im of course new to the brewing business but loving this new hobby! i have probably been too enthused about it. I have a question about mixing different strains of yeast. i have some collected leftovers in an Erlenmeyer of west yorkshire and london wyeast from my bitter and pale ale batch and i was pondering pitching them in the same new batch. ive looked a bit(maybe im blind) but cant find too many suggestions on it. what usually occurs with mixing?
Mixing the yeast will not hurt anything.
You just won’t know which yeast will dominate and what characteristics will come through.
It will just spice things up a bit, blending characteristics of each. If I had to guess you’d get some more of the West Yorkshire nutty/fruity flavor characteristics with the higher attenuation of the London which would reduce the chewy malt flavor but it’s kind of a crap shoot at this point without really know how much of each is going in there. here’s what the website says about each.
A rich mineral profile that is bold and crisp with some fruitiness. Often used for higher gravity ales and when a high level of attenuation is desired.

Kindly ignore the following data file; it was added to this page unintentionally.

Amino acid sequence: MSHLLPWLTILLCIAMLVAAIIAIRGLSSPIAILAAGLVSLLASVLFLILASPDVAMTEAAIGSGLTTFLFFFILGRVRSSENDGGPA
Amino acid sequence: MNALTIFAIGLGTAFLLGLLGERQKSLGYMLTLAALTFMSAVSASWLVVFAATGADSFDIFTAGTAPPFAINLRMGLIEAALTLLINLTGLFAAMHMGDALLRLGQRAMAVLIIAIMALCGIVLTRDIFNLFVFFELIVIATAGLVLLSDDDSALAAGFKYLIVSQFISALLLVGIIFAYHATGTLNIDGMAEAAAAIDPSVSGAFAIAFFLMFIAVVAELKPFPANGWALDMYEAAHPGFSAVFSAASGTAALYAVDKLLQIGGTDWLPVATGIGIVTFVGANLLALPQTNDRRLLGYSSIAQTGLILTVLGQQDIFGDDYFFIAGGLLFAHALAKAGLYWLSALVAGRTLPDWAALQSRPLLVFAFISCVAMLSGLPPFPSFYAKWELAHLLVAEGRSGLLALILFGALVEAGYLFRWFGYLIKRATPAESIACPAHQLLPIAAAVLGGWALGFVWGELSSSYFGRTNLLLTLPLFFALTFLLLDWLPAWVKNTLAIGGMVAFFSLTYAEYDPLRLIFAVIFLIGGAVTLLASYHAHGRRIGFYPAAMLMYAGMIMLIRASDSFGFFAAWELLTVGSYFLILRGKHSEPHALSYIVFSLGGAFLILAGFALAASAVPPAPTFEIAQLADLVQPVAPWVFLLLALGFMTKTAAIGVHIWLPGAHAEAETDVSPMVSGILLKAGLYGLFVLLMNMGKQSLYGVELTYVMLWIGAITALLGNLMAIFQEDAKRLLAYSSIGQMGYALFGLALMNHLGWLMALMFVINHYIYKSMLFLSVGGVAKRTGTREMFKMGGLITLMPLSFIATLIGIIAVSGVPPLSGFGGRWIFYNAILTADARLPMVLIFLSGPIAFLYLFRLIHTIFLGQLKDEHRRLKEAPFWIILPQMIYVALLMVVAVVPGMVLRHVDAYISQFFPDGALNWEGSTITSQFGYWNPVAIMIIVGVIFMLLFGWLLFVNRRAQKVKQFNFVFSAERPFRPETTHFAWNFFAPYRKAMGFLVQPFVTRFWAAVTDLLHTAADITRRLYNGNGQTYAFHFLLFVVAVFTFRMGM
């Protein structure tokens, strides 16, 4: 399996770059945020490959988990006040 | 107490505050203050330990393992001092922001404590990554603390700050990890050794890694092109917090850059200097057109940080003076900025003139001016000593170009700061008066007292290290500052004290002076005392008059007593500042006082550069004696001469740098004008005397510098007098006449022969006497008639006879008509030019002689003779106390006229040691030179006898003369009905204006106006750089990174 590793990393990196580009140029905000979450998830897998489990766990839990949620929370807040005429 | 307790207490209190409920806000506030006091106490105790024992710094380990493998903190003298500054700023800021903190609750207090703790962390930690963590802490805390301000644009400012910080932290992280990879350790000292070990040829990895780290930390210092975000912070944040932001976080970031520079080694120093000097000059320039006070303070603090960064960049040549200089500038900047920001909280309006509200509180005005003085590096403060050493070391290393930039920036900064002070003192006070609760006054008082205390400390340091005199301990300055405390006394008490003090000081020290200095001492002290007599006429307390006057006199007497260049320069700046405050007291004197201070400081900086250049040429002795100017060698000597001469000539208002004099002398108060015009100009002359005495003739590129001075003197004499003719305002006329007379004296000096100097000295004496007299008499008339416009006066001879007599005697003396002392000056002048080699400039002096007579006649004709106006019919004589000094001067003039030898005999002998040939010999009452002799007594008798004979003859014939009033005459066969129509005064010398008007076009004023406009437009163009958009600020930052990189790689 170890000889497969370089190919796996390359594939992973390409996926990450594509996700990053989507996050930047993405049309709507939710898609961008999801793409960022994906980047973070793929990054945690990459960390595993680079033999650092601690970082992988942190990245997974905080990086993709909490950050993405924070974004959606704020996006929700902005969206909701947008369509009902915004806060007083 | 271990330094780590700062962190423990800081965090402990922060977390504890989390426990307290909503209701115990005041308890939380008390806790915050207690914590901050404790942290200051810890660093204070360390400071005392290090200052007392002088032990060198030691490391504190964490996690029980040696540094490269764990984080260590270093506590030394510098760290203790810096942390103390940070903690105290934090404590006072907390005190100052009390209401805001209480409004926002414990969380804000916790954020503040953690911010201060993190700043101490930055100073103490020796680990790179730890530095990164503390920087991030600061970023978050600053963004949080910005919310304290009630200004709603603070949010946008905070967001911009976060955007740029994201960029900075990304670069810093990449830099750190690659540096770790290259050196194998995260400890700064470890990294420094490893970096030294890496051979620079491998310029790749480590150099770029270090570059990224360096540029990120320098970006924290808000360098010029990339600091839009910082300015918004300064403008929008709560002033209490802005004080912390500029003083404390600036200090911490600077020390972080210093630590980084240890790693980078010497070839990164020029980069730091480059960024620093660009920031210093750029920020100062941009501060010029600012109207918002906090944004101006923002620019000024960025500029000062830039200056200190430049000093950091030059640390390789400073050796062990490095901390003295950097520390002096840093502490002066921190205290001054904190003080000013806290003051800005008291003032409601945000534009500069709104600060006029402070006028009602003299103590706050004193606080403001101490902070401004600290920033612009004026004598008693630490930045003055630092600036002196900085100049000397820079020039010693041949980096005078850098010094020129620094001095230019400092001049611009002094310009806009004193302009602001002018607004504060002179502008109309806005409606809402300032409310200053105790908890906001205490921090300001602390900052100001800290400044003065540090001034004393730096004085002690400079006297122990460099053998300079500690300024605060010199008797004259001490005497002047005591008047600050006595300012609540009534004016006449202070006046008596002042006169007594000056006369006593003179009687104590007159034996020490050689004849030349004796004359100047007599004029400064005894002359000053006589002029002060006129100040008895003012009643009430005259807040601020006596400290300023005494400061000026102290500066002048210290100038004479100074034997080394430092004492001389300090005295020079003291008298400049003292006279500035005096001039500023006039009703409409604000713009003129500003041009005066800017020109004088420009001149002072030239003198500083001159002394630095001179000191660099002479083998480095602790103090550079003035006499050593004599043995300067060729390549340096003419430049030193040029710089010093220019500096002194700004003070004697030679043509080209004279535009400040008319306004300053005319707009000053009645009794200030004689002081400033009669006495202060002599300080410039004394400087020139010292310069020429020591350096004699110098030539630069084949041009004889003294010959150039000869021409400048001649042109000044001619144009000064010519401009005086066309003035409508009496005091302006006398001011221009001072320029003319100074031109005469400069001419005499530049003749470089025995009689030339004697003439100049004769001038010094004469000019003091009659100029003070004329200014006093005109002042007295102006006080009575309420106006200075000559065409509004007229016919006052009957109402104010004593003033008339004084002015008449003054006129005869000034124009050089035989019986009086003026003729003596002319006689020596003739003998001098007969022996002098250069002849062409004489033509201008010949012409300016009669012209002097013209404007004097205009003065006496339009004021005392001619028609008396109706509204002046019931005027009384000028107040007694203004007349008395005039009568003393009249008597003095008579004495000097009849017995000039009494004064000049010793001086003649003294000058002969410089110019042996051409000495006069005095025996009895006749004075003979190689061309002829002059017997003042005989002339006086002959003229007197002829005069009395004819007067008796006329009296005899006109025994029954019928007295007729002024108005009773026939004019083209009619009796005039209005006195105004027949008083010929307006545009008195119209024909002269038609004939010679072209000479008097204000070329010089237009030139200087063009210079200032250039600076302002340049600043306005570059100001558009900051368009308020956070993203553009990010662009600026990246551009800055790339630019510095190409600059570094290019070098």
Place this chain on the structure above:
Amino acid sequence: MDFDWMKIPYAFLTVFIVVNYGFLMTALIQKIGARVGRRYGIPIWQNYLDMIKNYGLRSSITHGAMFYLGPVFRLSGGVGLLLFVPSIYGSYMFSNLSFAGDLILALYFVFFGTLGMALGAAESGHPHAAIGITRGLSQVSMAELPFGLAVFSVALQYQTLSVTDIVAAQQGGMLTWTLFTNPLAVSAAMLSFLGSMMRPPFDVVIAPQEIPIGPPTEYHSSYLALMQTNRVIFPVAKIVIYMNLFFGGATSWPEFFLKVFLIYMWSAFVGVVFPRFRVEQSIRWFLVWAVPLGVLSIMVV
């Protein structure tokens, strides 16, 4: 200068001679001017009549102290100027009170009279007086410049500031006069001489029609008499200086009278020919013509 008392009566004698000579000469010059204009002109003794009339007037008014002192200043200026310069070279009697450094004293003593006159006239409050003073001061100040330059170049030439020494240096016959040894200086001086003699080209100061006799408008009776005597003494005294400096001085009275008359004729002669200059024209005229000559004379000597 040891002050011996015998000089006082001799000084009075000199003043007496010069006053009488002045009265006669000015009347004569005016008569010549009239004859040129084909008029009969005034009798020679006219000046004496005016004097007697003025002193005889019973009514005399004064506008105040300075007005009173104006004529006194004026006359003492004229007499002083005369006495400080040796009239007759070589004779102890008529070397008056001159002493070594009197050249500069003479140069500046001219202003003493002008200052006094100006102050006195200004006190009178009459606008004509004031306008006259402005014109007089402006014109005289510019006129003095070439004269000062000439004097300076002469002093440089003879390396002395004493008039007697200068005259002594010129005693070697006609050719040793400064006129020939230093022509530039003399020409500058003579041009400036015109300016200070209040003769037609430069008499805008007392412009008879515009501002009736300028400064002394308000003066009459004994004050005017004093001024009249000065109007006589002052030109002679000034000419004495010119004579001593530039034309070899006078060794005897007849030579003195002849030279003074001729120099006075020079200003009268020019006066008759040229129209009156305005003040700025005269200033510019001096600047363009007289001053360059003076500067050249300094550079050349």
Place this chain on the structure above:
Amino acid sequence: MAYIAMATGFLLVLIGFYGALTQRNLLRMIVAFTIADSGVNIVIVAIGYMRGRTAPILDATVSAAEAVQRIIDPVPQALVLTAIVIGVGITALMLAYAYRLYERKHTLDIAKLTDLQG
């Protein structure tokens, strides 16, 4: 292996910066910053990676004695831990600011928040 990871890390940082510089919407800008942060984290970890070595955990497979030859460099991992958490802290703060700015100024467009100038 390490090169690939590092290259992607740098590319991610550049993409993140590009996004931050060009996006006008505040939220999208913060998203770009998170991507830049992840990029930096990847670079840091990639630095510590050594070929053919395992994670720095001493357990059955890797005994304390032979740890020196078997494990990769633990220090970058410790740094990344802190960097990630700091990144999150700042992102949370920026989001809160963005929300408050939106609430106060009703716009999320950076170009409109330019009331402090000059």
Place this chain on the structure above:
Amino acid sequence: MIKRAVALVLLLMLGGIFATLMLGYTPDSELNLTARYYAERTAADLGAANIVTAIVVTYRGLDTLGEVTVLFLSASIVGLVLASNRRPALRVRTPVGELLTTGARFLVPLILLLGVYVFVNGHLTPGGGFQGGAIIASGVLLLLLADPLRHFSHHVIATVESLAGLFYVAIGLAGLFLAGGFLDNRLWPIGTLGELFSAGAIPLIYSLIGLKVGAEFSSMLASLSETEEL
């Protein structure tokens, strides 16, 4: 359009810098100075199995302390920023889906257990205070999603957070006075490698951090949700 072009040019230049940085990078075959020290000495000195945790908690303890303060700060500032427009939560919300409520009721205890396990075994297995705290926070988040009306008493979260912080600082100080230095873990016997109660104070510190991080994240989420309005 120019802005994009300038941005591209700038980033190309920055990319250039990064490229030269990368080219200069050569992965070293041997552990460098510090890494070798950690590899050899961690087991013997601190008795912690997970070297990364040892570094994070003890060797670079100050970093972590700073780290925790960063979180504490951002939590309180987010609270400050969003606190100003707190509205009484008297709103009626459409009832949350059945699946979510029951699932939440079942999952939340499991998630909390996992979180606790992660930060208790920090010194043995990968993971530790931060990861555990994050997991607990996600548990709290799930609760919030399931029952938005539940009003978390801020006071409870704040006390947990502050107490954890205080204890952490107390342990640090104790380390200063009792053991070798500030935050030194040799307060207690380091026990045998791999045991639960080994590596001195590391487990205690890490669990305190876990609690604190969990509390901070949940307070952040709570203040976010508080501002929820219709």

This strain produces ales with a full chewy malt flavor and character, but finishes dry, producing famously balanced beers. Expect moderate nutty and stone-fruit esters. Best used for the production of cask-conditioned bitters, ESB and mild ales. Reliably flocculent, producing bright beer without filtration.
Do it, and don’t sweat it!
It’s true that one strain will dominate and be something of a wild card, but if you do everything else right, whichever strain dominates the fermentation won’t matter …and you’ll wind up with good beer.
I’ve done this very thing number of times and was never, ever disappointed with the end result.
Just do it.
Experimentation like this is the best part of the hobby
There are several yeast blends sold by WLP and Wyeast, if they didn’t sell they would be pulled off the market.